ACE Method

The ACE method was developed to provide a consistent approach for describing the resistance to flow due to small-scale subgrid geometry features such as pipework, which is abundant within many of the energy sector applications considered by Abercus.

Prior to the development of the ACE method, the predominant technique for modelling small-scale congestion was to describe the congestion by a representative pipe diameter and pipe spacing. Since both of these parameters are dependent upon the interpretation of the analyst, which is a human factor, this method is inherently inconsistent - given one complex array of congestion, different users will inevitably select different representative pipe parameters.

The ACE method avoids any inconsistancies by automatically allocating resistances to the flow within the CFD model. The congestion is compiled within a congestion database using, for example, the GeomAuditry tool. Each record within the congestion database represents one pipe and comprises seven numbers - the x, y and z-coordinates of the start location of the pipe, the x, y and z-coordinates of the end location of the pipe, and the pipe diameter. Upon import of each pipe from the congestion database,the ACE implementation allocates resistances to the flow along the length of the pipe, according to the pipe diameter and the length of pipe within each cell, as shown in the images below.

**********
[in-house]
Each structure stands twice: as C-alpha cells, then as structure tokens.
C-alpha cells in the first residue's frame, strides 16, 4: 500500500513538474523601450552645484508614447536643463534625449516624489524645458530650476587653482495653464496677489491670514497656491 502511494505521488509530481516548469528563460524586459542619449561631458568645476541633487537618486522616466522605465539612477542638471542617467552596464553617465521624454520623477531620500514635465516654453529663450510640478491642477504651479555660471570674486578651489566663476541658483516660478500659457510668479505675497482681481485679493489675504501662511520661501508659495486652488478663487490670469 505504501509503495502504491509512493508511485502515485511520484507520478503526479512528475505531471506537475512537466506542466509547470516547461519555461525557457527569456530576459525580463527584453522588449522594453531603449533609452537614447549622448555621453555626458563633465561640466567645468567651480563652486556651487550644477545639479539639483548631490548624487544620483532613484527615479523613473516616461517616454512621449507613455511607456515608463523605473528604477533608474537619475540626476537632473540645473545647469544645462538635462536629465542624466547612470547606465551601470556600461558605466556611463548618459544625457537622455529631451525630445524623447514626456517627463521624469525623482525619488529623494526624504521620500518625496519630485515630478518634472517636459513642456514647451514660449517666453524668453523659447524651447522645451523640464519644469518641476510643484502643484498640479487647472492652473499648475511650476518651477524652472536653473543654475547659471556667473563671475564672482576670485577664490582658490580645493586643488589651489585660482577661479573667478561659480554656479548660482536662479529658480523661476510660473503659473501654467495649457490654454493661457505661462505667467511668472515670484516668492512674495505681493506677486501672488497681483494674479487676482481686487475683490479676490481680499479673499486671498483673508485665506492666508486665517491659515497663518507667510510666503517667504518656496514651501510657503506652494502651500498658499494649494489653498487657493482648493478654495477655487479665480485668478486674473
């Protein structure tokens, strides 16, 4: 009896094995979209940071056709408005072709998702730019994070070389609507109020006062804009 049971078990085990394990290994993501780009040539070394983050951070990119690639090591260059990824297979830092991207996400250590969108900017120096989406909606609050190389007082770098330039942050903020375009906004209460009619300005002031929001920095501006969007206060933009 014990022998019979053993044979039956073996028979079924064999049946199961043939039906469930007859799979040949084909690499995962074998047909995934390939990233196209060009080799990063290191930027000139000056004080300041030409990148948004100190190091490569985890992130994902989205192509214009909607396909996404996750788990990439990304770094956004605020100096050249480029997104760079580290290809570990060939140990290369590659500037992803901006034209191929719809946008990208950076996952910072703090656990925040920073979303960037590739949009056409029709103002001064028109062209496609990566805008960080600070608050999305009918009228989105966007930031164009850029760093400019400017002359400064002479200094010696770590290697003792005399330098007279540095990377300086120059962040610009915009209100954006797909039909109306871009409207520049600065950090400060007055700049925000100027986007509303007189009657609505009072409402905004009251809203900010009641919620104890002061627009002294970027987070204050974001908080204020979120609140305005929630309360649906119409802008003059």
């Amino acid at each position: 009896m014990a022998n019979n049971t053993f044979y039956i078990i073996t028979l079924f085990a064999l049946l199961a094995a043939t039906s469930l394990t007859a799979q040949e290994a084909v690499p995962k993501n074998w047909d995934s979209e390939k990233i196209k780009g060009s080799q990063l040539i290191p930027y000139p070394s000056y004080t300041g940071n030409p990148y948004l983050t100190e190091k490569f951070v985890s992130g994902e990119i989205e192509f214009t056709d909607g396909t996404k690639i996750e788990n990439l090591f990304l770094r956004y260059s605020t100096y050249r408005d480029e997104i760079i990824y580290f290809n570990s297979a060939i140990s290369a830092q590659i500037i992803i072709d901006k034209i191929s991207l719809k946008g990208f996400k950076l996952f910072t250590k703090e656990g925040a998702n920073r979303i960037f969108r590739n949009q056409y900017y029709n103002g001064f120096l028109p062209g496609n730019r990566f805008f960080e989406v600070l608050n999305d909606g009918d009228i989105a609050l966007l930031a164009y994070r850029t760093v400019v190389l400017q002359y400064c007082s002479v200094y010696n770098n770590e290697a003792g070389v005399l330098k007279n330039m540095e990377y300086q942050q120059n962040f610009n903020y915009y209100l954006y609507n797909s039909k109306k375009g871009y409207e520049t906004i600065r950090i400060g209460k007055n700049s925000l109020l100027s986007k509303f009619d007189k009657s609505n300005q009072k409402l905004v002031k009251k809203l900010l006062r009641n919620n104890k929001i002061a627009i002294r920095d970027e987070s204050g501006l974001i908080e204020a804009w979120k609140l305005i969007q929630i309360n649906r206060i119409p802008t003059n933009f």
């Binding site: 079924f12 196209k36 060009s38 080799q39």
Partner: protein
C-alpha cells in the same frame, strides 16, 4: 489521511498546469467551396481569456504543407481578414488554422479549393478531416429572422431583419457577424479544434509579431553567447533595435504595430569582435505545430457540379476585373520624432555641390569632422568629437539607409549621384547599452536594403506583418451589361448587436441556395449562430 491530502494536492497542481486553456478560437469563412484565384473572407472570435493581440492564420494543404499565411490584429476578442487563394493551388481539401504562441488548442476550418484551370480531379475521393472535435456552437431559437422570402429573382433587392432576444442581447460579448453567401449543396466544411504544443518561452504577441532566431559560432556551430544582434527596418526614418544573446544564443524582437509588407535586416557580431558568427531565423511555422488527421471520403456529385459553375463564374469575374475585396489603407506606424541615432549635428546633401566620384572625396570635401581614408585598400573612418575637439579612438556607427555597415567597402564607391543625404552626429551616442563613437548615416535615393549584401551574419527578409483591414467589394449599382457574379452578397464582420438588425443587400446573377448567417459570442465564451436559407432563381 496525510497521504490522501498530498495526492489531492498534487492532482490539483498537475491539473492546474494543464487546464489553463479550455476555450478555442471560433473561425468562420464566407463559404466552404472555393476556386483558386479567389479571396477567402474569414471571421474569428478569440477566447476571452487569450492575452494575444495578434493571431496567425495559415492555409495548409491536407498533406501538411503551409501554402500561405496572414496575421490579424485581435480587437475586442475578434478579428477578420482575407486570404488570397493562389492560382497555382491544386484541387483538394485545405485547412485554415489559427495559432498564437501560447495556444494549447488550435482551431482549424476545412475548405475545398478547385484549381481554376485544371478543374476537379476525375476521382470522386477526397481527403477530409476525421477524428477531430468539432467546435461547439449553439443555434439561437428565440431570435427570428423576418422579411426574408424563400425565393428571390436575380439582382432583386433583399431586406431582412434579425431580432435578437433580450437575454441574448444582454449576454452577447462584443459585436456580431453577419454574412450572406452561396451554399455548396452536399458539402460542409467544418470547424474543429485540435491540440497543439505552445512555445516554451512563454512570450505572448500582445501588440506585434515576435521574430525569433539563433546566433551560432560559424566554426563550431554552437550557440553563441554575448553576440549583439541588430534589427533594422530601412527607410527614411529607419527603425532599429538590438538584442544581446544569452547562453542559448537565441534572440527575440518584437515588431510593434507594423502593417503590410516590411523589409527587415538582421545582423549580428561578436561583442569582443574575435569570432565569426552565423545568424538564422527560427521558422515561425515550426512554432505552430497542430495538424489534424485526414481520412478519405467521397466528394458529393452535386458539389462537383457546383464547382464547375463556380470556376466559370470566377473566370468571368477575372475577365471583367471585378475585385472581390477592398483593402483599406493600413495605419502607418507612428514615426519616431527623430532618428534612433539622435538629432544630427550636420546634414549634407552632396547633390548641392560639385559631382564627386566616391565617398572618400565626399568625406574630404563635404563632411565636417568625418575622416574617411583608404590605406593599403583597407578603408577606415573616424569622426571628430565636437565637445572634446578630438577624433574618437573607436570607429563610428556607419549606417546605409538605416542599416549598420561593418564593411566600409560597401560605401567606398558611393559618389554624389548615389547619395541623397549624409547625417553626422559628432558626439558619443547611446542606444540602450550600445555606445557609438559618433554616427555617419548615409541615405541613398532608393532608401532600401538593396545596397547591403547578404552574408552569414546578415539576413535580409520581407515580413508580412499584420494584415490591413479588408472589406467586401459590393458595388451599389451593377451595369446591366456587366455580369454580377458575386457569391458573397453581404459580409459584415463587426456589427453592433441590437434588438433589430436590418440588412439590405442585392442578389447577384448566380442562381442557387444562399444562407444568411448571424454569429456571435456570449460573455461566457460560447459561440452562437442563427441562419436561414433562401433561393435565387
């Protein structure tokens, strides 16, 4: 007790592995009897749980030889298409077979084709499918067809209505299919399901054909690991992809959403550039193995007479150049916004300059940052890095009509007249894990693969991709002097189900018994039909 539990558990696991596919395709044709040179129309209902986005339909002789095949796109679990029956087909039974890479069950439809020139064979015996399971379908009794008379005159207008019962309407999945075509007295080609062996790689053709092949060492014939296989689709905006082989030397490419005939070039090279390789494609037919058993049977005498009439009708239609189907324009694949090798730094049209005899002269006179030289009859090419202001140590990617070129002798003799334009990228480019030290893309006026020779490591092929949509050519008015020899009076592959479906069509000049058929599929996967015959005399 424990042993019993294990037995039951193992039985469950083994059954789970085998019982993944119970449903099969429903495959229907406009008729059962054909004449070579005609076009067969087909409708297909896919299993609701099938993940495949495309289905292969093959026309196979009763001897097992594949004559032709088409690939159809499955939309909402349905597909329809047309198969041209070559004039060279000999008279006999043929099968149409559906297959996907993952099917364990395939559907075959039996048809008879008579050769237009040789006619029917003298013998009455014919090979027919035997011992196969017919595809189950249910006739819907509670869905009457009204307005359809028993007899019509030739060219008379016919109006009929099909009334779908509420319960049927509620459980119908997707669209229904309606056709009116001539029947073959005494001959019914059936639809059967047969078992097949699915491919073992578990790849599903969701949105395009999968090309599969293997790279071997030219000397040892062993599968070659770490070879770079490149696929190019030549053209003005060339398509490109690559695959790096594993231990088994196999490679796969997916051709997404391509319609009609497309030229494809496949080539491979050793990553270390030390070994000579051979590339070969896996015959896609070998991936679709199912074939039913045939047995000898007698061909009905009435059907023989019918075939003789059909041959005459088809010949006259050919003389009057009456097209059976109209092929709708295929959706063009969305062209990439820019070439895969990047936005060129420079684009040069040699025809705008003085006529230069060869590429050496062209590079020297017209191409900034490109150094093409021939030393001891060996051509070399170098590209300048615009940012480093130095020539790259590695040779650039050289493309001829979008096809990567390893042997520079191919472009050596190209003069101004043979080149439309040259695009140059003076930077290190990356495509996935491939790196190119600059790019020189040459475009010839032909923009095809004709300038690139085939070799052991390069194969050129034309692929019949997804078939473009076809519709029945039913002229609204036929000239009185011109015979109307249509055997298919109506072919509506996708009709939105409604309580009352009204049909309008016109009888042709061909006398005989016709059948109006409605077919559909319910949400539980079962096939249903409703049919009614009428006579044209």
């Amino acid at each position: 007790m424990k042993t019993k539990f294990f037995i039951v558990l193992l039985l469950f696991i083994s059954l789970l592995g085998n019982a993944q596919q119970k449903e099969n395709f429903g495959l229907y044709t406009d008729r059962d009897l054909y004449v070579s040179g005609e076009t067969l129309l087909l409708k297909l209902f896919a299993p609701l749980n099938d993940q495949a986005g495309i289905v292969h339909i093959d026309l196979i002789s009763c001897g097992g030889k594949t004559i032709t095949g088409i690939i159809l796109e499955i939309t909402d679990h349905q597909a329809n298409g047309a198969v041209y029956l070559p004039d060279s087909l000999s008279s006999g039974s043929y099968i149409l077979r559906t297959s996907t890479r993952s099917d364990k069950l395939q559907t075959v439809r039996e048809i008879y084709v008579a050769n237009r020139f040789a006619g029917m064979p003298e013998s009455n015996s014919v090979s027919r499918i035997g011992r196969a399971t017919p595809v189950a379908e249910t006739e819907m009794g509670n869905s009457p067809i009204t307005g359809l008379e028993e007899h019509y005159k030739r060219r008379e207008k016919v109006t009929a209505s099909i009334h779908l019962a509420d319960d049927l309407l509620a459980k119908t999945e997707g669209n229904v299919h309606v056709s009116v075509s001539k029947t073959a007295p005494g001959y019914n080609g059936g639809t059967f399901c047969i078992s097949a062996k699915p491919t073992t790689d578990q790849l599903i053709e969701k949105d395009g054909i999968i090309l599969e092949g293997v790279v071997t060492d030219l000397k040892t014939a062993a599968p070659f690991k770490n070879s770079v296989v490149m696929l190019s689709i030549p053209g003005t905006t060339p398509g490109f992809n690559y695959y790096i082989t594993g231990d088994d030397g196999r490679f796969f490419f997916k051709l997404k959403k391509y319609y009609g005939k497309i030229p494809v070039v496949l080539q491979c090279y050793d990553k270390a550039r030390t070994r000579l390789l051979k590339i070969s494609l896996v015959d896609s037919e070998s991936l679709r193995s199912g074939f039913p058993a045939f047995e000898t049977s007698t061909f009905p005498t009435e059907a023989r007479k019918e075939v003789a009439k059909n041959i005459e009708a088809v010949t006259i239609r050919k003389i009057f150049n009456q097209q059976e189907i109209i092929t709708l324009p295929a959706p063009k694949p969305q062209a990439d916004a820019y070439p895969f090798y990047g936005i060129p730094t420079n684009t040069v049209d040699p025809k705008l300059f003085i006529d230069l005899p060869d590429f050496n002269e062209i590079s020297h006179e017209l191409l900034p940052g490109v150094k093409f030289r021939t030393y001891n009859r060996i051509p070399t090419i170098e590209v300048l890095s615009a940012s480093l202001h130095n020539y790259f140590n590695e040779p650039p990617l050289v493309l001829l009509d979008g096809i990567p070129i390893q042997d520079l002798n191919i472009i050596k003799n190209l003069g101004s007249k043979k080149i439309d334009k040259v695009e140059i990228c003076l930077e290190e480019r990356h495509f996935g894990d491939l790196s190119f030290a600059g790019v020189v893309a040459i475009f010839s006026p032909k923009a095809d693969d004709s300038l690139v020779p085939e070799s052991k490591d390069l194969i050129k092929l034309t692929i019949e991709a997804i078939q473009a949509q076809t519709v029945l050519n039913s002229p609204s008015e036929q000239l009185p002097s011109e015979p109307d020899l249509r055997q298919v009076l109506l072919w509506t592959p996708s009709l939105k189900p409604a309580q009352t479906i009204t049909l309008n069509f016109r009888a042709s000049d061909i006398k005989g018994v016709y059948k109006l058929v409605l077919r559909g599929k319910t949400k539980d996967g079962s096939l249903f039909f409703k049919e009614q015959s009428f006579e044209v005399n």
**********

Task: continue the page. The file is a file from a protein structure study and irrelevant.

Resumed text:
With platform Without platform
With platform Without platform
Congestion, with platform shown Congestion, without platform shown

The ACE method is implemented using the UDF functionality of the FLUENT CFD code (by Ansys) and is designed for use on general unstructured meshes. The implementation of the ACE method was completed by Alice Ely in 2004 during the course of her MSc at the University of Leeds. Her thesis is available for download here: Thesis - ACE method.

Abercus is currently working on a new ACE implementation that will extend the same functionality to a range of CFD codes, including CFX, OpenFOAM and StarCCM.